Not quite warmed up we left to return home as quickly as we could before down came the rain and were met by Justin’s brother who kindly took a photo of us even though we were not the EG’s as indicated on his sign.

Great ride, chilly, windy but good to be out and to tackle lots of hills and get home dry. 32 miles. Gia M

Long Ride

A respectable number for the Long Minus trek to Thorp Perrow today, with four heading for Pennypot to collect local resident Graham.  With dire reports from the weekend about the Nidd and the Greenway at Killinghall Bridge in mind, the route planner chose Oakdale as the exit from HG.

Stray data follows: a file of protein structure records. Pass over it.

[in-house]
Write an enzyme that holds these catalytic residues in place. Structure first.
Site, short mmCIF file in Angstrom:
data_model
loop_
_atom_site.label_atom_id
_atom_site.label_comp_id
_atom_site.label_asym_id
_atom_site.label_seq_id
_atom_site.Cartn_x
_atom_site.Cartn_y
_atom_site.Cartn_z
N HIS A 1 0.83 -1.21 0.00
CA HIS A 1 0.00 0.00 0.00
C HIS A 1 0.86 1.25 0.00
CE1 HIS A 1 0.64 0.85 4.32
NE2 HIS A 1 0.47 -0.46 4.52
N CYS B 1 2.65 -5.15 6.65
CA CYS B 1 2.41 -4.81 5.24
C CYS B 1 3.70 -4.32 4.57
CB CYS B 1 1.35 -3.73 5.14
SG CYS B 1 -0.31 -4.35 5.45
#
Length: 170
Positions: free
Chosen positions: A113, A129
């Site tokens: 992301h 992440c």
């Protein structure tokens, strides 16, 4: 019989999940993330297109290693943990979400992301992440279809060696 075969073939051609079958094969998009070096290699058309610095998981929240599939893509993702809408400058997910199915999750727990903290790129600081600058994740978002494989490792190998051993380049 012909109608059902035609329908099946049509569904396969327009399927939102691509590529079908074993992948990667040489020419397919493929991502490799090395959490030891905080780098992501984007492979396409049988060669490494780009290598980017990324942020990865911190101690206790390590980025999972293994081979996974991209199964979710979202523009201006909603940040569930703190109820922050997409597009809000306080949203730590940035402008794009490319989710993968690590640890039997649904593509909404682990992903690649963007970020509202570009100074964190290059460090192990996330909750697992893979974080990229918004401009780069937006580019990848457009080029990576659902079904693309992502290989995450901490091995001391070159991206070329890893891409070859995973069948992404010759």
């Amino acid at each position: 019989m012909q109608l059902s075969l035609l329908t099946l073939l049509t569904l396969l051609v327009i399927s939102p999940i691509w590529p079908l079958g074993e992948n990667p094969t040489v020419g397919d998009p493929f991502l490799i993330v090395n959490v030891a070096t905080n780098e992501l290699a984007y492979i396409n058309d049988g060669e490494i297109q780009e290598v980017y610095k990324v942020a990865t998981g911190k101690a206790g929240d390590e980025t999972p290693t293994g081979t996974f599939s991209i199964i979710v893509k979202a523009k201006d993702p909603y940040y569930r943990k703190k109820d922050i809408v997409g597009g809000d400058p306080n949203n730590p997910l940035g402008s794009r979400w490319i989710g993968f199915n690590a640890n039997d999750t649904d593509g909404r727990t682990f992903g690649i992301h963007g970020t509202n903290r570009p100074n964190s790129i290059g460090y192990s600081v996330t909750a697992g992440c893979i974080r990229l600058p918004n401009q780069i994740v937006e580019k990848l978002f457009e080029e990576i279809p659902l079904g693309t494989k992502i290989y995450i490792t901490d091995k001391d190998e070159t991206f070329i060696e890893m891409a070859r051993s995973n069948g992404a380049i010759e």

The road closure at Oakdale provided an early bonus, allowing us to take the descent and the climb with no traffic – bliss.  Just a short bit of footway riding took us hassle-free to meet Graham.  From there it was bit of a switch-back route via Hampsthwaite, Clint and Shaw Mills to Drovers before topping out at Fountains.  At Burnt Yates crossroads we were buzzed by a peloton which seemed to originate from Prologue, one of whom was clearly interested in qualifying for some event by flying past us uphill ahead of the main group.  Brief observation noted that they were all much younger than us, leading to speculation about jobs etc – may all are connected with education and available during half term.  Soon they were gone, disappearing at a rate of knots up to Cut Throat Lane.